27 August, 2010

Sketch of The Reason Why (Zed's Justification)

Everything about her seemed deliberate. No. Deliberate’s the wrong word. Practiced. Everything about seemed practiced. Yes. Practiced. Not like she stood in front of the bathroom mirror every morning going over her accent, elocution, smile, wink, and blink that made her come off more like a Victorian Era coquette than a Gen-X burnout. She was practiced in the way a woman becomes practiced because she always did the same things. A lovely creature of habit that, if she had bothered knowing anyone long enough, her mimicry of herself would have been found out.

But Alice didn’t get to know people. Or maybe it was that she didn’t get close to them. Not really. Alice was warm and friendly, flirty, fun, a good conversationalist. Good drinking partner. The kind of person that people instantly fell in love with, wanted to be around, wanted to talk to, wanted to impress. And yet, she never told anybody anything about her. That was her. She wasn’t a woman you wanted to know as much as she was a mystery you needed to solve.

We had mutual friends because she had an affair with my best friend Donnie. Calling it an affair makes it sound seedier than it was, though, because he wasn’t married. But they were together for almost an entire month; they were always together. In that whole time, he never knew anything about her except the exact number of tattoos on her body and how she liked her coffee. She liked her coffee with amaretto and whole milk. Donnie wouldn’t talk to me about the tattoos.

Then I ran into him one time and she wasn’t there. I asked him where she was.

He shrugged. “I dunno.”

“She didn’t stay over last night?”

He shook his head. “Nope.”

“You guys have an argument?”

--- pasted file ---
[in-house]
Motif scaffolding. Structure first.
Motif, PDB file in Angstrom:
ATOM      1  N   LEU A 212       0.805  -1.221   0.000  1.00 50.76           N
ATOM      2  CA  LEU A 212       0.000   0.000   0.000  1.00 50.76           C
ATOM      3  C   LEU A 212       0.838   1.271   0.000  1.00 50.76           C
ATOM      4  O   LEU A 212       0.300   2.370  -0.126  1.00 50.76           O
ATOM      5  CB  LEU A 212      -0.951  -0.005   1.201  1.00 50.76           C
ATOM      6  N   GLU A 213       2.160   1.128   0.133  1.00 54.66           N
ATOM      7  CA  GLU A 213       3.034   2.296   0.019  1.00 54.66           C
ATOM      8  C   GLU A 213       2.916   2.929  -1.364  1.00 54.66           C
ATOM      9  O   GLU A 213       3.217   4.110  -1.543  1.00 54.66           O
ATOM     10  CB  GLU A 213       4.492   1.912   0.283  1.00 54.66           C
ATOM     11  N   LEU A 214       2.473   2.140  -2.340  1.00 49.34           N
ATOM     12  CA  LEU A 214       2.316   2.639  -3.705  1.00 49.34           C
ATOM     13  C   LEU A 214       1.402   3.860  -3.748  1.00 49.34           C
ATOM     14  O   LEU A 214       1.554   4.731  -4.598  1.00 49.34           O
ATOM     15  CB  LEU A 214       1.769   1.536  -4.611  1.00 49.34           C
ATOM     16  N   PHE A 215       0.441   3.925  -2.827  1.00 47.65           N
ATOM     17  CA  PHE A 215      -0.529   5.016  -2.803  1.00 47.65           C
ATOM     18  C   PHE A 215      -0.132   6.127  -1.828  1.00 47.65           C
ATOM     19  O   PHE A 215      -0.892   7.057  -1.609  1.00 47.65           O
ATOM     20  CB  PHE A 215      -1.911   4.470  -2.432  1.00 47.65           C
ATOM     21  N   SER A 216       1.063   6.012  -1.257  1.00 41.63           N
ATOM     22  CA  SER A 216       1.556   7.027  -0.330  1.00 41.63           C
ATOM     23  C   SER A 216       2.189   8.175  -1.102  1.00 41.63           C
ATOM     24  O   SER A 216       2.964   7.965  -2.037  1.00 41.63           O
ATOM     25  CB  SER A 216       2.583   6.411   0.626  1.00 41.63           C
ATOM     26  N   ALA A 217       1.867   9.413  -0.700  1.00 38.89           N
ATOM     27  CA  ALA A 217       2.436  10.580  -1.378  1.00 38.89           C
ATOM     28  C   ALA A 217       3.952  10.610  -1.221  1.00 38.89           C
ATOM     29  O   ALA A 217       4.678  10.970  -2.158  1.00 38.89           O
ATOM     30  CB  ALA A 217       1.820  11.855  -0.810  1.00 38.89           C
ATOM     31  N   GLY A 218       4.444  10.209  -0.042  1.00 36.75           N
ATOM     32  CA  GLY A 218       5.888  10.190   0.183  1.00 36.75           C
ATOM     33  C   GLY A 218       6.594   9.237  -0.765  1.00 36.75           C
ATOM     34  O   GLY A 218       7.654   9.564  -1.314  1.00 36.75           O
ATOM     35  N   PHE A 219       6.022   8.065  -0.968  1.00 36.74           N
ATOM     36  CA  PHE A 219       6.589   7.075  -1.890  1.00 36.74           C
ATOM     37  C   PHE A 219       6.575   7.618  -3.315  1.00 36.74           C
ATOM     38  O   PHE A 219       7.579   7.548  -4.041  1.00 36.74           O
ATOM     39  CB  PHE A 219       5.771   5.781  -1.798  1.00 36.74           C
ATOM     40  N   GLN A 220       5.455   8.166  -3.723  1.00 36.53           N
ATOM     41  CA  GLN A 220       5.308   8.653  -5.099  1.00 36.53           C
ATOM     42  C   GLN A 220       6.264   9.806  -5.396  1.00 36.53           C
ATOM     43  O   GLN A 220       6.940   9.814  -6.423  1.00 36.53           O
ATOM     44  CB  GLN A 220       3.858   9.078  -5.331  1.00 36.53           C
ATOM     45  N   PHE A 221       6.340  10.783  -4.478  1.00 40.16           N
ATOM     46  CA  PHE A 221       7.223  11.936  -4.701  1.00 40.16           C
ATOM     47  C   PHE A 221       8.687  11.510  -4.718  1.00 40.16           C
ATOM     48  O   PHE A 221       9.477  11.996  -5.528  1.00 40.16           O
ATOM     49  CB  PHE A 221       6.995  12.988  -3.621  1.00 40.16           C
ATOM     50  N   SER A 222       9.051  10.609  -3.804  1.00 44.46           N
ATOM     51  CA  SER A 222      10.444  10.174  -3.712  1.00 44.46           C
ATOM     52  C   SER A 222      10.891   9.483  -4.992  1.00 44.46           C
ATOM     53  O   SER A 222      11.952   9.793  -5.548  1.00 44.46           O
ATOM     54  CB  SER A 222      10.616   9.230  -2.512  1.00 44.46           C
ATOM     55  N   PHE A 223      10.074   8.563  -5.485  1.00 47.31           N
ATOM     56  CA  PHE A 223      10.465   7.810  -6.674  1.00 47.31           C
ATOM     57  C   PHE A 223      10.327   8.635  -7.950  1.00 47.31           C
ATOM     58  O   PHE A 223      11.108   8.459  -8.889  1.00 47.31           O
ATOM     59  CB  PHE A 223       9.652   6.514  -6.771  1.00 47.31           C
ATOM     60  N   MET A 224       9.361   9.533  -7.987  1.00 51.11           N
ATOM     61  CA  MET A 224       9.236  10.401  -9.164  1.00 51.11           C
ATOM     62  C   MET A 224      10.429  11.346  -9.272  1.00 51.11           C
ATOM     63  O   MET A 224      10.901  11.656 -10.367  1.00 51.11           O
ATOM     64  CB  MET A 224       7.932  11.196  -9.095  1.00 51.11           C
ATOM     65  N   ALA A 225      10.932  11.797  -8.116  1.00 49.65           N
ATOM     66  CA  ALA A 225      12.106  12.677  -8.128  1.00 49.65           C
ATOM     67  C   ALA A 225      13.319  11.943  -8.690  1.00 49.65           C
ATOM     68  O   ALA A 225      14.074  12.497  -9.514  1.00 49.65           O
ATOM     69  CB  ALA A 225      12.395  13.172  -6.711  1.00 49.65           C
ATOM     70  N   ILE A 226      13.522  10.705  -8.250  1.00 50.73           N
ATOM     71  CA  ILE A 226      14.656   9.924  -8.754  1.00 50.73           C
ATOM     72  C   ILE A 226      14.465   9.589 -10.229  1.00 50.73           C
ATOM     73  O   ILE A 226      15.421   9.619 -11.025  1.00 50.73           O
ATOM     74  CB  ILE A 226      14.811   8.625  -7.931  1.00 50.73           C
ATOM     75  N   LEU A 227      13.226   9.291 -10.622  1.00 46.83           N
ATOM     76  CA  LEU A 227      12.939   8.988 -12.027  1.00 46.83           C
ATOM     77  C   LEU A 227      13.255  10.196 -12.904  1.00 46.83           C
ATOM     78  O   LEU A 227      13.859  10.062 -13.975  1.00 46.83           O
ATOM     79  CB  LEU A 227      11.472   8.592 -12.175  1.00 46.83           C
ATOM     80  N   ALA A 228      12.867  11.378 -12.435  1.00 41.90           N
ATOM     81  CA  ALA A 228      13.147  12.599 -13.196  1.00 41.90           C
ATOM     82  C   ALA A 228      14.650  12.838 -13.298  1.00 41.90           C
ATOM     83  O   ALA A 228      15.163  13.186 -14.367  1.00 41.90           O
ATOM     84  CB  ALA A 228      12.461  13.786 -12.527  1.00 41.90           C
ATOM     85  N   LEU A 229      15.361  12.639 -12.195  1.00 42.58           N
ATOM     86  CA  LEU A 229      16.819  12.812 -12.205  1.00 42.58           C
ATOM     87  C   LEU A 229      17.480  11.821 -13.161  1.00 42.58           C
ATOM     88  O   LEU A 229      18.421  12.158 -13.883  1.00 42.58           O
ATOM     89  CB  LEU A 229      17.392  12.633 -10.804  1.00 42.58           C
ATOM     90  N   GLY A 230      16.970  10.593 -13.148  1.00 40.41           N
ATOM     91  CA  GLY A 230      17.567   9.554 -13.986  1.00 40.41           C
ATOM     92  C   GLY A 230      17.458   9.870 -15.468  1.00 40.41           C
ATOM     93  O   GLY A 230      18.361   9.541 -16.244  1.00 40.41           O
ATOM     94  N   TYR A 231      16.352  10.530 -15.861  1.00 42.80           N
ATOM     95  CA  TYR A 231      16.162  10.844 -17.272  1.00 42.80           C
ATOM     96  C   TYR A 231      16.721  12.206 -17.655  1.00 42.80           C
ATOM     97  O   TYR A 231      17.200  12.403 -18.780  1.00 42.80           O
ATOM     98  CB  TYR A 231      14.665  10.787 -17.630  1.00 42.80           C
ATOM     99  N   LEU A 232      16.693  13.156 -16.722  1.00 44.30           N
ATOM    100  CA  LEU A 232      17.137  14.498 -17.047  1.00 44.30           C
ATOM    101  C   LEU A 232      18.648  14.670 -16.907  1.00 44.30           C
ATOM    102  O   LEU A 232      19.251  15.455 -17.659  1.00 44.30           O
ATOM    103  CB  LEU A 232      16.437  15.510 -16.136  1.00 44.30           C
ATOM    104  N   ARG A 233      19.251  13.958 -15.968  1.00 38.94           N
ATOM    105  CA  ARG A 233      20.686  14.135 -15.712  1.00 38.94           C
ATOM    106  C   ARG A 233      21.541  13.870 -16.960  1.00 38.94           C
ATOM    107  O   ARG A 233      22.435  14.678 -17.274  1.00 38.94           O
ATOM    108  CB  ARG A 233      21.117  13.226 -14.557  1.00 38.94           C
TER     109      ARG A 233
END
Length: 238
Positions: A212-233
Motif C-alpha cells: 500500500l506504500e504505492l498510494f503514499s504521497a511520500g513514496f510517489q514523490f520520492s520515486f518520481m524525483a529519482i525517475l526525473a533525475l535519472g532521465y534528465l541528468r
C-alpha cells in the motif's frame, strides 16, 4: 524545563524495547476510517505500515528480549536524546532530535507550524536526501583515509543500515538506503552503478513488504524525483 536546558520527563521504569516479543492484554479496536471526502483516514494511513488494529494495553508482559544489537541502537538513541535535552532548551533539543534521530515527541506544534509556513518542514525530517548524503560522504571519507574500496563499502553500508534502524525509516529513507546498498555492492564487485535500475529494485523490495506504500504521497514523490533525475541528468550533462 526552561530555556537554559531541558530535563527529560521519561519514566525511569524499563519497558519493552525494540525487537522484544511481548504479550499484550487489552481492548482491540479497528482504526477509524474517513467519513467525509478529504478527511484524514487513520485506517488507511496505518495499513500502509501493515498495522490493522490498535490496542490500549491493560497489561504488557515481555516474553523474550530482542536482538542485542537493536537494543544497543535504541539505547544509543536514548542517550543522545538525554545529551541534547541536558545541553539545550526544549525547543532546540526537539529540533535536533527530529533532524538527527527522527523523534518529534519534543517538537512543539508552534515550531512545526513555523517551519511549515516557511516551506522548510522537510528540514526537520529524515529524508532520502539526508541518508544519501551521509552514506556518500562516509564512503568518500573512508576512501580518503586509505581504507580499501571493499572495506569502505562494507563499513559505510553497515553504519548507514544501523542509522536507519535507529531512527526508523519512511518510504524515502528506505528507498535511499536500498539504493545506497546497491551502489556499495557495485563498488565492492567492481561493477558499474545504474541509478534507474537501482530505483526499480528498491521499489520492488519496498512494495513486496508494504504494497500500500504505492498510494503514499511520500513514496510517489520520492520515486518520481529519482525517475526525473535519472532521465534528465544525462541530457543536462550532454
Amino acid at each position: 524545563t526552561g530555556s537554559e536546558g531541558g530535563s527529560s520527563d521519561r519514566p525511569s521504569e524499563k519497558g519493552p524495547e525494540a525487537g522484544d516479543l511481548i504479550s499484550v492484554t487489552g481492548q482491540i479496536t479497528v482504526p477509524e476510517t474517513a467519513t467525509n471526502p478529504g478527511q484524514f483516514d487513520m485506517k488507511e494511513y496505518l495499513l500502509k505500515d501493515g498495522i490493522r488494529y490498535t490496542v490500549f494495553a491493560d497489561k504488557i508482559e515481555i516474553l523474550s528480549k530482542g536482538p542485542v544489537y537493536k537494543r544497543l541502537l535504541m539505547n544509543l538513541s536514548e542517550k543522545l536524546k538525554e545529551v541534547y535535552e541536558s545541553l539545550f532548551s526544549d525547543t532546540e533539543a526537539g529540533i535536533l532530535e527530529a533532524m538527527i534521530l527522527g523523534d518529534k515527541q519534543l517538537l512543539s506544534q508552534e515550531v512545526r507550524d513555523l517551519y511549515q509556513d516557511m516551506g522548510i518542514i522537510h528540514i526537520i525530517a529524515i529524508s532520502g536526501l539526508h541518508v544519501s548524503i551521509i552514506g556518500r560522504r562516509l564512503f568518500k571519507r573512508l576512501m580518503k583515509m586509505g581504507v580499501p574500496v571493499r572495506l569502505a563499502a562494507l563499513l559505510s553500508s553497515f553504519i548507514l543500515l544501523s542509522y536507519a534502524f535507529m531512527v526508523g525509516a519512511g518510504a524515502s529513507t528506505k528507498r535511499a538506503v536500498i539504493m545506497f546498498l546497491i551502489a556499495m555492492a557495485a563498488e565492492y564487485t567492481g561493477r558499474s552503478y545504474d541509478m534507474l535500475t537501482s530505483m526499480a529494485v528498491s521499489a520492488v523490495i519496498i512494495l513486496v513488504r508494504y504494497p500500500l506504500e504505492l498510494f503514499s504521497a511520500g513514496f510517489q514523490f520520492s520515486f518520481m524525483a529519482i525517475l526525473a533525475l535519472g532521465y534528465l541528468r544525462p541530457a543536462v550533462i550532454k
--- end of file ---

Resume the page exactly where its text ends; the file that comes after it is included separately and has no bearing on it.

“Nope.” Donnie seemed satisfied and not all that heart broken. Women usually liked Donnie. Donnie was exciting. Dangerous. Or, at least he played the part. So I assumed I’d see Alice again eventually. I thought about her from time to time and sometimes I’d ask Donnie if he’d heard from her. He hadn’t. Sometimes I would call her. She never picked up or returned any of my calls.

When I saw her again, it was two years later. I was standing in line at a coffee shop in Seattle. I was there on business. She was standing right in front of me. Her hair was a different color; but I knew it was her. I said her name, and she turned around. It took her a minute; then she smiled and asked how I’d been. She talked to me like she couldn’t remember my name.

“Zed,” I reminded her. “I’m doing fine,” I said. “I’m here on business.”

“Hmm,” she answered. “That’s nice.” I expected her to ask me what kind of business I was in. She didn’t. She also didn’t say why she was there or how long she had been living in Seattle.

“Do you ever talk to Donnie?” I asked

“Hmm?” Alice looked up from ordering her coffee. She ordered espresso with whole milk and amaretto syrup. She looked like she was trying to remember who I was talking about. “Oh. No.”

“Oh. Well, he’s married now.”

“Good for him.” She smiled. I didn’t detect a hint of sadness. I didn’t detect a hint of anything.

“I’m still not married.” I regretted it the instant the words came out of my mouth. I knew how it sounded. Desperate.

“Oh. That’s nice.” She paid for her coffee and moved on. She waved at me and smiled. I thought about asking her if she wanted to meet for drinks; but she was out the door before I could.

26 August, 2010

Sketch of a Man Late for His Father’s Funeral

Uriah was sure he saw Santa Claus working on a road crew; he was the one holding the two-sided sign that read SLOW or STOP. Uriah passed him by when the lane opened and the line of cars he was near the back of was allowed through; at first, the inconvenience of the delay annoyed him. But once he thought he saw Santa Claus, he wanted to turn around and be sure.

Turning around was no easy task. Although the road was a main artery, it was still only a two lane state route. It ran almost the length of the state and was parallel with the Mississippi River for nearly the entire distance. It ran through several small towns and wound its way up and down the edge of the state, much like the Mississippi wound its way through the continent down to the Gulf of Mexico. Uriah knew to stick with the river and eventually it would take him where he needed to go. He didn’t have a map and didn’t own one of the fancy GPS screens like people had. He traveled the way he always traveled – with a vague notion, the memory of where he had gone, and a little common sense. His father had been a traveling salesman and since Uriah’s mother deserted them, he went with his father. Uriah had no diploma to prove he was educated; but he had learned to read on diner menus, practiced on Gideon Bibles in cheap motel rooms, learned math adding up his father’s sales, and learned to write from filling out order forms. His father taught him how to drive in the middle of Nebraska.